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Embracing the Madness: A Nekusar Primer

Commander / EDH Combo Competitive Discard Forcefeed Primer UBR (Grixis)


Embrace the Madess!

This is my current Nekusar, the Mindrazer deck, up to date as of 2017 with the current set (Ixalan). I've played it in some variation since back when he was first released in Commander 2013, and I'd like to walk you through some of what I've learned about the deck and how I think it plays best.

All I wanted to do with this version was build a relatively competitive deck within my playgroups that's not unfun for my opponents. I want to be able to kill the table with relative efficiency, but without really doing anything terribly unfair or impossible to interact with. In the end, Nekusar is most generous. Surely my opponents can think of some way to stay alive...

The Main Strategy: Plan A

The main strategy of the deck is to ramp into basically emptying my hand as quickly as possible, playing some mana rocks and some punishment like Underworld Dreams or Liliana's Caress , then cast one Wheel of Fortune -type card into another and reload over and over, killing my opponents by making them all take lots of damage as they draw and discard.

Secondary Combos

In this sense, the whole deck is basically one big combo, but no infinite, "oops I win" stuff. Curiosity is primarily intended to enchant Nekusar himself for crazy card advantage, but of course it can kill a player or two if it enchants Niv-Mizzet, the Firemind . Curiosity + Niv-Mizzet, the Firemind can repeat damage for as long as you can keep drawing cards. In fact, spells like Time Spiral that shuffle the graveyard back into the library will allow Niv to keep going and kill the whole table. (Note that Curiosity is a "may" card that costs one mana, allowing you to stop before you draw out. I don't run Helm of the Ghastlord because it is not a may and costs significantly more to cast. But it is pretty brutal so I wouldn't fault you for including it.)

Mind Over Matter + Niv-Mizzet, the Firemind can do the same thing as making the firemind curious, more or less, though the main strength of that card is in its ability to fuel as many wheels per turn as I can draw. Mind Over Matter + Temple Bell works too as long as there is a source of punishment like Underworld Dreams (or just Nekusar) in play.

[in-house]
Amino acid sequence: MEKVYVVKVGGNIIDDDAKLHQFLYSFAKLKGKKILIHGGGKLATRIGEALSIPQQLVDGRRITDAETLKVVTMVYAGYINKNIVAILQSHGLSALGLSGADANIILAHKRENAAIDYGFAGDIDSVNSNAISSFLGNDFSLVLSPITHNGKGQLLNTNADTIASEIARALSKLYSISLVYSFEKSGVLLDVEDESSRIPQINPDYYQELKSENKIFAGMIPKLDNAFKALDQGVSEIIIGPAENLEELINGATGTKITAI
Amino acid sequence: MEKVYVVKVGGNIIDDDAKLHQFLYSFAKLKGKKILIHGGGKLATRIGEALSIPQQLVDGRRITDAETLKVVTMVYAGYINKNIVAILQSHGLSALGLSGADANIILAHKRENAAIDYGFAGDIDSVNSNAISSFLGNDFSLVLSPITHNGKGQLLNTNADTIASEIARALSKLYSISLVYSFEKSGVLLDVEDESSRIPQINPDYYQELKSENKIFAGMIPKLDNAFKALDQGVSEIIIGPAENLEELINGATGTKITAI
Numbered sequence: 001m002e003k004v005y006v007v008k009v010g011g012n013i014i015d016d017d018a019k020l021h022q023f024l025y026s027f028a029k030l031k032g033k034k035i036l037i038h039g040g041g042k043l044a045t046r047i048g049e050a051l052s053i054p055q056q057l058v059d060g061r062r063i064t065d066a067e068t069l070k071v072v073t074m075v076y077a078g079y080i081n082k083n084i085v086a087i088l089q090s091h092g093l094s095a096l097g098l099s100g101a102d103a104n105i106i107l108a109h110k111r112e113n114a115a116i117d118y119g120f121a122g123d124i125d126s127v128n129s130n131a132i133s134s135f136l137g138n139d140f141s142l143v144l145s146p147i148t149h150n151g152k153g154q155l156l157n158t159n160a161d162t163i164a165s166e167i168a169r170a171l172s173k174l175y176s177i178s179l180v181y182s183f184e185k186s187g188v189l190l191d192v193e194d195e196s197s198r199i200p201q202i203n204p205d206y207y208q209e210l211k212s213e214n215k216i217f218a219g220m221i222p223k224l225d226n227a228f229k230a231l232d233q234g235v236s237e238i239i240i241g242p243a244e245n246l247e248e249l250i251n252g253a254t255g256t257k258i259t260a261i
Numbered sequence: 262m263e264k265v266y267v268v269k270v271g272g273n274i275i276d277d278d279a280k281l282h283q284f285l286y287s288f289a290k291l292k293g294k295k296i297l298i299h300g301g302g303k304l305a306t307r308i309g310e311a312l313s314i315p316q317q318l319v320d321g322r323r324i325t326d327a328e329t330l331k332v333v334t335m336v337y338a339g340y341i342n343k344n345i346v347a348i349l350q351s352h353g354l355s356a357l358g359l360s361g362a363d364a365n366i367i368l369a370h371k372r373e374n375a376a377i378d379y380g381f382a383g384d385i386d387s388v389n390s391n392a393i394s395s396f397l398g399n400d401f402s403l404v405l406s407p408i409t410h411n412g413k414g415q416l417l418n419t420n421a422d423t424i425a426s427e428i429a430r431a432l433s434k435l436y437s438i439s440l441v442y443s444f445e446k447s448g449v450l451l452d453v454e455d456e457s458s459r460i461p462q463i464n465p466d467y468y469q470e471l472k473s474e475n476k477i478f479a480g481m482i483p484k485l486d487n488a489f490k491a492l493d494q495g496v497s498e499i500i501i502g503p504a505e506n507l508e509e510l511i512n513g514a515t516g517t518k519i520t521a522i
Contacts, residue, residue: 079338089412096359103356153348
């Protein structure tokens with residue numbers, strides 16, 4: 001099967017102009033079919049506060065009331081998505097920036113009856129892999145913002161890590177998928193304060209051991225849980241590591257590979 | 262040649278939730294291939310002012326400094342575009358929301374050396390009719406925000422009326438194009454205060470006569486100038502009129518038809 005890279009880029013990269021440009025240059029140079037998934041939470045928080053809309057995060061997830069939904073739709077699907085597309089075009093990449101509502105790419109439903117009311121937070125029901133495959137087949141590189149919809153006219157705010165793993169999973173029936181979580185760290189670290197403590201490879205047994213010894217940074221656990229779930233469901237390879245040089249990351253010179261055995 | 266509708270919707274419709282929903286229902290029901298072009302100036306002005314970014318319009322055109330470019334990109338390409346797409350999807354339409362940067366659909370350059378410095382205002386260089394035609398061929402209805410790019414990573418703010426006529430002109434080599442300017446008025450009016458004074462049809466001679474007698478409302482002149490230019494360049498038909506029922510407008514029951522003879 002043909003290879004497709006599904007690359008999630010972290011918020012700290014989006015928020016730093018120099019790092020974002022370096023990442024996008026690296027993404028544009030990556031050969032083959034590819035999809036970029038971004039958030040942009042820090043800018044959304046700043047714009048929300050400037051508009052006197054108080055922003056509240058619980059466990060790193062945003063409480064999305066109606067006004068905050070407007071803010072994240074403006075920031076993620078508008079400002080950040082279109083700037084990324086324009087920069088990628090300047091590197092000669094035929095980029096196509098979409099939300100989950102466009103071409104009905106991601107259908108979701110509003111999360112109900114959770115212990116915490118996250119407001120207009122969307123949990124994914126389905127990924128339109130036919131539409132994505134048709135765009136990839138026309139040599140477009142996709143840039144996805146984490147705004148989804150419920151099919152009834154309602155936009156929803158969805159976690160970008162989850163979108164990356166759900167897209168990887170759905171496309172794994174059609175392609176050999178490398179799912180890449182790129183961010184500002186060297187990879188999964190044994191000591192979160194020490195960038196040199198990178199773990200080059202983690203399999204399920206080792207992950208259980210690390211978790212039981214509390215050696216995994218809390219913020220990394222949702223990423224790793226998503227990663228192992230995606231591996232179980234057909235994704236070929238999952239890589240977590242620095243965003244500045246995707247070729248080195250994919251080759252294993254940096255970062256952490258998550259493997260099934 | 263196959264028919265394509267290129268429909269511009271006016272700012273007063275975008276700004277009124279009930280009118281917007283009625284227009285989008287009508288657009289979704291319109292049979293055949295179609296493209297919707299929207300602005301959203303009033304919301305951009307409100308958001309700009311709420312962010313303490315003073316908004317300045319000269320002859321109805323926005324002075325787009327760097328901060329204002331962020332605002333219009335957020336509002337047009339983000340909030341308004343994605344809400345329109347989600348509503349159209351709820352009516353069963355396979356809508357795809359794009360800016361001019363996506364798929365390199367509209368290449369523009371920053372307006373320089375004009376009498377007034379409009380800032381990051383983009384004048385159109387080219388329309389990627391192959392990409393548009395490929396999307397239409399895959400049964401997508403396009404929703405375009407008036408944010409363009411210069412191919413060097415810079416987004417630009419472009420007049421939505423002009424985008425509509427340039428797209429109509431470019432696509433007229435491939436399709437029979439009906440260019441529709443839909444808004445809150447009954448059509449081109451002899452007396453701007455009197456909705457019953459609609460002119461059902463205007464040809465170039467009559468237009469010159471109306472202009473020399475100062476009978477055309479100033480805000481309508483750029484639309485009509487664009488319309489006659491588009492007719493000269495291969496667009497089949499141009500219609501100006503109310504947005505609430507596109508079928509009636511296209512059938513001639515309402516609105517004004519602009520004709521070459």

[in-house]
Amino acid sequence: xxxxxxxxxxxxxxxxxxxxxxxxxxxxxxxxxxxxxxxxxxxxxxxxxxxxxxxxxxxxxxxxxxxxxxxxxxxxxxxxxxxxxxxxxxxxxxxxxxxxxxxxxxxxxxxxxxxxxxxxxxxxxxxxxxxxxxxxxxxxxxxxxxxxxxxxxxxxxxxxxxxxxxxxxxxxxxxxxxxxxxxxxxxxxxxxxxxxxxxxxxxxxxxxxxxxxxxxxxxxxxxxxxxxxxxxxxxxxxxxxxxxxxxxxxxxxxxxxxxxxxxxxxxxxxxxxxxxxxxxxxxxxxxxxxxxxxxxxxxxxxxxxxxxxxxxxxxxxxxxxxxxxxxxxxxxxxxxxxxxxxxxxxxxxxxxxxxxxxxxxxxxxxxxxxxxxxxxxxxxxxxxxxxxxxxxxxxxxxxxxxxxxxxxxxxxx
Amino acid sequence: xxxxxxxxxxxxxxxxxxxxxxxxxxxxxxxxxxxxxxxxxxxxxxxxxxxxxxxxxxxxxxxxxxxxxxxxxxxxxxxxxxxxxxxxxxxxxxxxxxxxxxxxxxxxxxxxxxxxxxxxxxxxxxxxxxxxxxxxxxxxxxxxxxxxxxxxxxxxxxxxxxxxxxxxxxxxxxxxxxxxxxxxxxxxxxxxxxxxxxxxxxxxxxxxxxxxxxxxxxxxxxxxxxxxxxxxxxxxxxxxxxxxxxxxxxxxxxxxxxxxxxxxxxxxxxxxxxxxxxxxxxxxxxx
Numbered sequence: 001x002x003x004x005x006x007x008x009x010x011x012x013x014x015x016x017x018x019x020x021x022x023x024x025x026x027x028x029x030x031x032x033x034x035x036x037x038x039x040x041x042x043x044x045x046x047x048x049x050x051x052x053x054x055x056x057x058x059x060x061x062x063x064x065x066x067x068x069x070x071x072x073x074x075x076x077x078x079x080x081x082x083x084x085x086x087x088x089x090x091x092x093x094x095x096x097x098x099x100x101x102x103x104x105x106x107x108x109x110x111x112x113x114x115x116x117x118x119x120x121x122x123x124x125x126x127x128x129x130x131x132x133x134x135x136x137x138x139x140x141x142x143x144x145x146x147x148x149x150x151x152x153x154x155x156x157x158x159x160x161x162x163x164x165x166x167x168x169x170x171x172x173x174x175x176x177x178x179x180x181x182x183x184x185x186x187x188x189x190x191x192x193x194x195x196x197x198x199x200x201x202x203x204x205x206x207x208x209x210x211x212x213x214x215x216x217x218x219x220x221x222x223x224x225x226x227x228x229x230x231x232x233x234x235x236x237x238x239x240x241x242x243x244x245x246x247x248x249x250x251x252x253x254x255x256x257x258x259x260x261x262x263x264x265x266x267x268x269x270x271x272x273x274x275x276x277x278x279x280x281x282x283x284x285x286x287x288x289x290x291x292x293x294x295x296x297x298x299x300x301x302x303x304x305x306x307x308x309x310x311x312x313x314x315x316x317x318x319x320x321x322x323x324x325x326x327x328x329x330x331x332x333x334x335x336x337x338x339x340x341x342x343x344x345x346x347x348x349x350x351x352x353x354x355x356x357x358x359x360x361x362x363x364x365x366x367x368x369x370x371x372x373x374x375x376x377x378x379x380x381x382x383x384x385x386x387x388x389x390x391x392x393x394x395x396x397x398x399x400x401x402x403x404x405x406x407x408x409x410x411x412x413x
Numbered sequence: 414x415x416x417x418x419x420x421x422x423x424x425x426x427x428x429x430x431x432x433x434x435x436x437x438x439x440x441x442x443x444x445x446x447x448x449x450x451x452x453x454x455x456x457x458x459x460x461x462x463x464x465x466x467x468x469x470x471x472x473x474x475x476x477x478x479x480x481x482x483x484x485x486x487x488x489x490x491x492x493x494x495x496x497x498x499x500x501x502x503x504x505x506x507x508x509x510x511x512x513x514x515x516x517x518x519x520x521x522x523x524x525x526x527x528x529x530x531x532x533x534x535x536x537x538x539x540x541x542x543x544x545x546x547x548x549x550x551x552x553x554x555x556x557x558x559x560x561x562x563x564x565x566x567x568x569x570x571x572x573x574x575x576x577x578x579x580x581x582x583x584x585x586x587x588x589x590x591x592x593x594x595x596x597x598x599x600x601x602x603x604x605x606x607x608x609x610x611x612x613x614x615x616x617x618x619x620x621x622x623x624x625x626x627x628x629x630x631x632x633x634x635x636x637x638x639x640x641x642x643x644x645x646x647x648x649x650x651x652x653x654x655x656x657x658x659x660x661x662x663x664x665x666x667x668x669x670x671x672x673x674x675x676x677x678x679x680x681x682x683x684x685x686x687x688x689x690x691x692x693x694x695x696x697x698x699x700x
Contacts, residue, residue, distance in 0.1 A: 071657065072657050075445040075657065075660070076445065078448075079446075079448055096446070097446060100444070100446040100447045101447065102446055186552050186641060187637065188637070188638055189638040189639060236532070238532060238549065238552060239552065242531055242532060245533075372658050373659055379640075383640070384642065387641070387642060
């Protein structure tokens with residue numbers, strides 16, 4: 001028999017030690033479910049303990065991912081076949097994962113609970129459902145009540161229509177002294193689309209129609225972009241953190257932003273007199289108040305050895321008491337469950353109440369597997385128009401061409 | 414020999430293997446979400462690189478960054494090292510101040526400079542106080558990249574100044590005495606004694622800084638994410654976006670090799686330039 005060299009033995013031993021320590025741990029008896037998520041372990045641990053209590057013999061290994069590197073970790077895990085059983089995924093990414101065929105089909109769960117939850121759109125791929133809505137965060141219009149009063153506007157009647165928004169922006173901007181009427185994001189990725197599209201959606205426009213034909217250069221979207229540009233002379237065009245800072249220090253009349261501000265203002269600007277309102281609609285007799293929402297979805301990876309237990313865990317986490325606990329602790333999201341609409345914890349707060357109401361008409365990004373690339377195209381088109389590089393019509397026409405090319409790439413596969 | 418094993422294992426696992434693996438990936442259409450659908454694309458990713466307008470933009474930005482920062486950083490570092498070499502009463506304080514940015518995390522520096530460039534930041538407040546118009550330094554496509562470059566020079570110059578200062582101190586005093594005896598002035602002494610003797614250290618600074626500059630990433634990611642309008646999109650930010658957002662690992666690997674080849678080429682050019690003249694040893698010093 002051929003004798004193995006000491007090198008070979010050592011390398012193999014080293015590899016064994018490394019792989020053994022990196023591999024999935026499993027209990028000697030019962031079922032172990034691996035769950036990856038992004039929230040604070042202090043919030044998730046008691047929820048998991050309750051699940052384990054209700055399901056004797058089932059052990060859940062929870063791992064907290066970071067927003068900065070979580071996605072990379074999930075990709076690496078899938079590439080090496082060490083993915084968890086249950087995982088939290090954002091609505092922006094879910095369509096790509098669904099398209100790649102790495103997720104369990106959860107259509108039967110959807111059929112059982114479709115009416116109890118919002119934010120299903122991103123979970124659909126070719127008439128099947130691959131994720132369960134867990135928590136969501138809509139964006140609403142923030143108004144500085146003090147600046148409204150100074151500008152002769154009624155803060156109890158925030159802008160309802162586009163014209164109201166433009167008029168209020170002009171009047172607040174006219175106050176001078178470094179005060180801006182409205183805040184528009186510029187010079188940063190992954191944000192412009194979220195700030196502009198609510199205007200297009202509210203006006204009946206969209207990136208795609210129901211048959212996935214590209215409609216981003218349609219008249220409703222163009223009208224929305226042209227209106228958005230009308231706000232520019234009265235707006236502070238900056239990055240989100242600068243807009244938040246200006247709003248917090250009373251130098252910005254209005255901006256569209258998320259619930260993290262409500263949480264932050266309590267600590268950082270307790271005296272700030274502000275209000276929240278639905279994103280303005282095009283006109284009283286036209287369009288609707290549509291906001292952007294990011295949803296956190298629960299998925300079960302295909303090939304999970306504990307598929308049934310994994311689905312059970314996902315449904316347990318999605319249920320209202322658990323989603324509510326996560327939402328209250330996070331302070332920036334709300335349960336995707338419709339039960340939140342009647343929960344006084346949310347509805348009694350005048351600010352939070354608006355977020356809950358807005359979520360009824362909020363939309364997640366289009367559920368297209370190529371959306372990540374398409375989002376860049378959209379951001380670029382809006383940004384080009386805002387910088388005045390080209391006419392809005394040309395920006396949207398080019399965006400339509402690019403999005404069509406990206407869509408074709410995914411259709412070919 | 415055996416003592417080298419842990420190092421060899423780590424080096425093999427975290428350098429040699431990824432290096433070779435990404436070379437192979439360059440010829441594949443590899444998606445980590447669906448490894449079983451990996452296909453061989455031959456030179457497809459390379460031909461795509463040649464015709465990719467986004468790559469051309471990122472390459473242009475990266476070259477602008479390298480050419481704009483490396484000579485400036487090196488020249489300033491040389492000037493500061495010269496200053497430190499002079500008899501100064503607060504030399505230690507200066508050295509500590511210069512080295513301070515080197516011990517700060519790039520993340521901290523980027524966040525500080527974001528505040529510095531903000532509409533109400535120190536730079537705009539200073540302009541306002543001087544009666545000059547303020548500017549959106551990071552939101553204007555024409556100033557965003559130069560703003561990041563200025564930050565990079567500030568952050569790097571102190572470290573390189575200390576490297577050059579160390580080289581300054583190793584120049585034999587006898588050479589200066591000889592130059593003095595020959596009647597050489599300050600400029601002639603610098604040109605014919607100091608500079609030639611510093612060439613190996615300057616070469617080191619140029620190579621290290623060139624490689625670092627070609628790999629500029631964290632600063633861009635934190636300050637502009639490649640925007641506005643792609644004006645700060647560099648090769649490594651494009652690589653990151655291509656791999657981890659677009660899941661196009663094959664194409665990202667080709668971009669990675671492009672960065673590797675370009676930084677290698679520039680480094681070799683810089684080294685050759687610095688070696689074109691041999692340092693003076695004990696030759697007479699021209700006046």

These powerful interactions around Niv Mizzet and Mind Over Matter are as close to "infinite combo" as the deck gets. But they're pretty secondary. All of these cards work individually towards Plan A in significant ways. If they organically come together then that's fine, but since they all work as part of the general Nekusar strategy I don't tutor for the combo but tend to stick with the standard route to victory through punishing wheels.

Engines of Pain

The deck sort of plays like a storm deck, in that it wants to cast as many wheels in a turn as possible. The mana rocks are key to enabling that, and Paradox Engine , Waste Not , and Mind Over Matter can function as engines that will enable that as well. These cards give me a lot of mana to work with as I wheel, so that I can wheel indefinitely. Some decks play Dream Halls for the same reason, but in my experience it is too risky, especially in a three color deck where you might just Dark Deal into Windfall and have to just pass.

Since most of the wheels discard, I like to play out of the graveyard too. I can recur wheels to cast them twice with cards like Snapcaster Mage and Yawgmoth's Will .

Crazy Like a Fox, or, how to embrace the madness safely